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Women

Google's new Made With Code initiative hopes to encourage more women and girls to take up ...

According to the American Association of University Women (AAUW), less than 1 percent of high school girls in the US see computer science as part of their future. Google is seeking to increase this figure with a scheme aimed at inspiring girls to code. Made With Code includes coding projects, resources and support.  Read More

Orbix is offering a new type of breast-lift procedure that supposedly offers better-lastin...

A new procedure promises to lift and support women's breasts with better-lasting results than traditional methods. The Orbix Breast Support System uses thin silicone straps attached to the ribs to provide support. Orbix says the technique "eliminates breast re-sagging and minimizes scarring."  Read More

Cue examines a droplet of saliva or blood to calculate a digital measurement of your healt...

Not so long ago, self health monitoring was largely limited to weighing ourselves to see how a diet was going and sticking a thermometer under our tongue to see if we were getting sick. For everything else we went to the family doctor. That was in the past. Technology has put health and fitness monitoring firmly in consumers’ hands. Starting with pedometers in the 1980s and progressing to the myriad wearable fitness trackers flooding the market today. The grip has just tightened again with Cue – a device that allows users to run medical diagnostics from the comfort of their own home.  Read More

The True Love Tester bra automatically unhooks itself when it senses the woman feeling tru...

In one of the more absurd examples of wearable technology we've seen lately, a Japanese firm has created a high-tech bra called the True Love Tester that literally snaps open only when it senses that the woman is in love.  Read More

The tenofovir disoproxil fumarate intravaginal ring – or TDF-IVR, for short

According to UNAIDS, a member of the United Nations Development Group, 58 percent of people living with HIV/AIDS in sub-Saharan Africa are women. Although preventative drugs and condoms do block the transmission of HIV, neither are always practical, available or affordable in developing nations. Help could be on its way, however, in the form of an anti-HIV intravaginal ring that is worn continuously for up to 30 days.  Read More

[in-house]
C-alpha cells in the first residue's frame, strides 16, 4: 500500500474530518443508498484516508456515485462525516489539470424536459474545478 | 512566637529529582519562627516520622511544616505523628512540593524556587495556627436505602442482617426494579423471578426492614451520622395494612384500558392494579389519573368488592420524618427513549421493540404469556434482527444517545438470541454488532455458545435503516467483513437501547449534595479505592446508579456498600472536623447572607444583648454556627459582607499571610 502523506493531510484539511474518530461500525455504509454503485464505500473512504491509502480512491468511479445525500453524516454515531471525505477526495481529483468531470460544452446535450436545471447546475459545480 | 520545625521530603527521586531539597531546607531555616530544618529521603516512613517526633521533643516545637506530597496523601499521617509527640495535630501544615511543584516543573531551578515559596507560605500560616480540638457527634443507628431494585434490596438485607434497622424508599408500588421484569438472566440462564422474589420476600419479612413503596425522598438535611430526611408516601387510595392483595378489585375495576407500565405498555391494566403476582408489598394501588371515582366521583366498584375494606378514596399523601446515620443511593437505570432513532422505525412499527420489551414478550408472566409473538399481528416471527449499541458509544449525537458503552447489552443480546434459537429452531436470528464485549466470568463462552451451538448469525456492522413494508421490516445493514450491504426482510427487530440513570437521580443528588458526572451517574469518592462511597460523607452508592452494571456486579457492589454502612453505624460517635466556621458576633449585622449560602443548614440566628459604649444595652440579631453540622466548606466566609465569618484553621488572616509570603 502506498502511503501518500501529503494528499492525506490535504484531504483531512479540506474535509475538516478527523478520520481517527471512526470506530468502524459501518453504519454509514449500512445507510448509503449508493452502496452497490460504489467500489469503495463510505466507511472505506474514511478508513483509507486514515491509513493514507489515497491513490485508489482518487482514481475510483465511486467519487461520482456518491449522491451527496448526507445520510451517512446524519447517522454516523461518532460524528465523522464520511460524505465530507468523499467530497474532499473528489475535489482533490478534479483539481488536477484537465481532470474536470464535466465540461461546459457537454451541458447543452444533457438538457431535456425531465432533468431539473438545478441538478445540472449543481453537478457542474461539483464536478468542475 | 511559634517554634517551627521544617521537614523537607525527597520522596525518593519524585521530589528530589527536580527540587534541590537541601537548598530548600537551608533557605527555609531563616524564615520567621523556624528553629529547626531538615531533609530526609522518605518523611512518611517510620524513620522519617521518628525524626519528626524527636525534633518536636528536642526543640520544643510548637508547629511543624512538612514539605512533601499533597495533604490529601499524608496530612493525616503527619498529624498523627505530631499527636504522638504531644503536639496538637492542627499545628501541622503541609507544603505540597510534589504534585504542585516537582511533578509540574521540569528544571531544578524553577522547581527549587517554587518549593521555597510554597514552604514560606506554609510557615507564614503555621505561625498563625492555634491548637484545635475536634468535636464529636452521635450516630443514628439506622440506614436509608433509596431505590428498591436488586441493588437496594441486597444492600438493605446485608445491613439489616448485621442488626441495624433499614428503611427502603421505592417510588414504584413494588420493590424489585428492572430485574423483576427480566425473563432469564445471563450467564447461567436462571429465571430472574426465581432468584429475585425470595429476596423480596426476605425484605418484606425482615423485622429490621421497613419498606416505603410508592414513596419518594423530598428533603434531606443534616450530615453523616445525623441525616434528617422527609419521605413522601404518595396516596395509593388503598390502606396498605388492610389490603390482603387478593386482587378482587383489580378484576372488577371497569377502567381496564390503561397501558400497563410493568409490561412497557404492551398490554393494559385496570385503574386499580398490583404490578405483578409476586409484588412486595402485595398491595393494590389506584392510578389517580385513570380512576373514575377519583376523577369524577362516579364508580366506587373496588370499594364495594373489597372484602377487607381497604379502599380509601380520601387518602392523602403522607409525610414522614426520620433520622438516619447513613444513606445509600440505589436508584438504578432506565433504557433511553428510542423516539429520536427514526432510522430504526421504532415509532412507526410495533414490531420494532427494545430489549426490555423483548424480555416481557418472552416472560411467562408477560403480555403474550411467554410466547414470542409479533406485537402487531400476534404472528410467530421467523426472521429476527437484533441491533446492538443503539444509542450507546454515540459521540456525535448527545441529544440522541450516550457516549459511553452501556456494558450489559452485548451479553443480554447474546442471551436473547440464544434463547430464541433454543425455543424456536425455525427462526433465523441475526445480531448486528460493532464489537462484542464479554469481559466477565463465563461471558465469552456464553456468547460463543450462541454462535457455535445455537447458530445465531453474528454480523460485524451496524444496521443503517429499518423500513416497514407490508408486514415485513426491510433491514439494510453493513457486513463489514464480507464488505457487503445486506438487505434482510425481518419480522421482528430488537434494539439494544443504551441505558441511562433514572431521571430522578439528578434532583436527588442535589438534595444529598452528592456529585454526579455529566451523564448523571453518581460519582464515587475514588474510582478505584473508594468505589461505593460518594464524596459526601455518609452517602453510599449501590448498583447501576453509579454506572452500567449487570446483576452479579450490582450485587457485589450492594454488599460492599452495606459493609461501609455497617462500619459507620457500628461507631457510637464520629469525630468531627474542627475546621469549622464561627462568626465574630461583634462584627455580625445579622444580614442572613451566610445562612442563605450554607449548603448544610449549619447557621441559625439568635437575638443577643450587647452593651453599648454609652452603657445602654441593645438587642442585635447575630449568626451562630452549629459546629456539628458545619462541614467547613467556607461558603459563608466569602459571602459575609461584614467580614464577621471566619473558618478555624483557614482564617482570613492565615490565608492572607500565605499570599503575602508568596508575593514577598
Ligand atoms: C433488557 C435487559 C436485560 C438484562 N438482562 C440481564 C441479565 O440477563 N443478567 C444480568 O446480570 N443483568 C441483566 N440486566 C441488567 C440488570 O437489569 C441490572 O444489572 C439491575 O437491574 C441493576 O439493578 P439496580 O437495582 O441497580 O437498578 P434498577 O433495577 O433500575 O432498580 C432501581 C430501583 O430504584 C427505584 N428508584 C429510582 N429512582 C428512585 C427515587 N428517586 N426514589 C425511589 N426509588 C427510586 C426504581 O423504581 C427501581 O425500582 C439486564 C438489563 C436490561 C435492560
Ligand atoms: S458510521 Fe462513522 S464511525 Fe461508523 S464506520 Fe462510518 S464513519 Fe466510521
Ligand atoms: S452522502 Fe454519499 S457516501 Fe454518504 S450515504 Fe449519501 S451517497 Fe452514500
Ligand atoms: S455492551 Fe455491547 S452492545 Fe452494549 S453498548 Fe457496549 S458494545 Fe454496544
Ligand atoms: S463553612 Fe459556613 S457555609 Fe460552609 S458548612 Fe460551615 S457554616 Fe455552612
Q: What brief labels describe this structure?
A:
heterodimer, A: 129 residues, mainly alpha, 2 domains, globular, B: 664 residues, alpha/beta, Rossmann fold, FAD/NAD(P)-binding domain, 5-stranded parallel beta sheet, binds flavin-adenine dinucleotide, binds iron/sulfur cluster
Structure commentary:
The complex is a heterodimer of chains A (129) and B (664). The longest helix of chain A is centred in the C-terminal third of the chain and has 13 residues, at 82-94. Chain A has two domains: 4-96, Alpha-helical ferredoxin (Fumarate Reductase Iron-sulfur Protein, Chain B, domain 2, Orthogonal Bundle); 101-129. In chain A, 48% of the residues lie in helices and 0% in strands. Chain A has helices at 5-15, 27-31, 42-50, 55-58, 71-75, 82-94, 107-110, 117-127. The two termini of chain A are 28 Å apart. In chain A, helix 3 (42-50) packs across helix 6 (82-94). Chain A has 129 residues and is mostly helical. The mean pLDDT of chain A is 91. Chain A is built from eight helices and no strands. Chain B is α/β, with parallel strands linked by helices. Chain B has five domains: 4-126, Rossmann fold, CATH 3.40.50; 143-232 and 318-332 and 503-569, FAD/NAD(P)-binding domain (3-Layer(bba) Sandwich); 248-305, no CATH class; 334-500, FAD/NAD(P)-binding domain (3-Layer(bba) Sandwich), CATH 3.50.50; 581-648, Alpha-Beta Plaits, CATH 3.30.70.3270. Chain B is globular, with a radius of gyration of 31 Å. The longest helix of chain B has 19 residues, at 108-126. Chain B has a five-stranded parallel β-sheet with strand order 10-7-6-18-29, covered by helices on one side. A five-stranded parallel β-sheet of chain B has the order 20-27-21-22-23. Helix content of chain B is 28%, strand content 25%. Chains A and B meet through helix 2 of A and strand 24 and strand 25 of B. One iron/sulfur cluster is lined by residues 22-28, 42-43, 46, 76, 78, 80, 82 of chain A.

An electron microscope image of the fabric, complete with blocked sperm

While condoms are the only things that protect against both unwanted pregnancies and HIV, a lot of people aren’t big fans of stopping to put them on. Additionally, women are sometimes put in an awkward role, needing to pressure the man to use the thing – although female condoms certainly do exist, their bulkiness makes them rather unpopular. Now, however, a team of scientists from the University of Washington are working on a type of dissolvable fabric that could be used by women both for contraception and HIV protection.  Read More

Buttons and the joystick on the Casio EXILIM EX-JE10 can apparently be easily operated eve...

Casio has announced a selection of new cameras which, it's claimed, were designed to appeal to women. How do you make a woman-friendly camera, you ask? Well, Casio seems to be of the opinion that offering a range of colors (obviously including pink), textured finishes and buttons which can be pressed even if you have long nails, will do the job.  Read More

The Intra Uterine Ball, or IUB, is said to offer advantages over traditional intrauterine ...

If a woman wishes to avoid pregnancy for the time being, but thinks she might want to get pregnant at some point in the future, then using an intrauterine device (IUD) is often a good course of action – the simple devices are now the world’s most common form of birth control, as used by women. However, while IUDs are generally fairly safe and reliable, complications can occur. Now, Israel’s OCON Medical has announced the forthcoming availability of something that it claims is considerably safer and more effective – the Intra Uterine Ball, or IUB.  Read More

The HemoGlobe promises to provide an inexpensive way to detect anemia in the developing wo...

A terrible scourge in the developing world, anemia claims hundreds of thousands of lives every year. Medical tests to detect the condition and prevent tragedy are often unavailable, but students at John Hopkins University have invented a sensor that turns a cell phone into an inexpensive blood analysis tool. At an awards ceremony in Seattle on July 14, the bioengineernig undergraduates revealed their device, the HemoGlobe, which will soon be undergoing testing in Africa.  Read More

The new female body armor will be tested next (northern hemisphere) summer

Body armor is a blessing and a curse for soldiers. Modern tactical armor has saved thousands of lives from bullets and bombs, but it can also be a major problem if it doesn’t fit properly. That’s what the women who make up 14 percent of the U.S. Army face on a regular basis. Now, according to the Army News Service, the Army is preparing to test a new armor that is tailored to the female form to replace the standard men's armor that the women now use. Working on data collected in studies overseas and at stateside army bases, the Program Executive Office (PEO) Soldier has identified several problem areas and has developed a new armor that will be tested in 2013.  Read More

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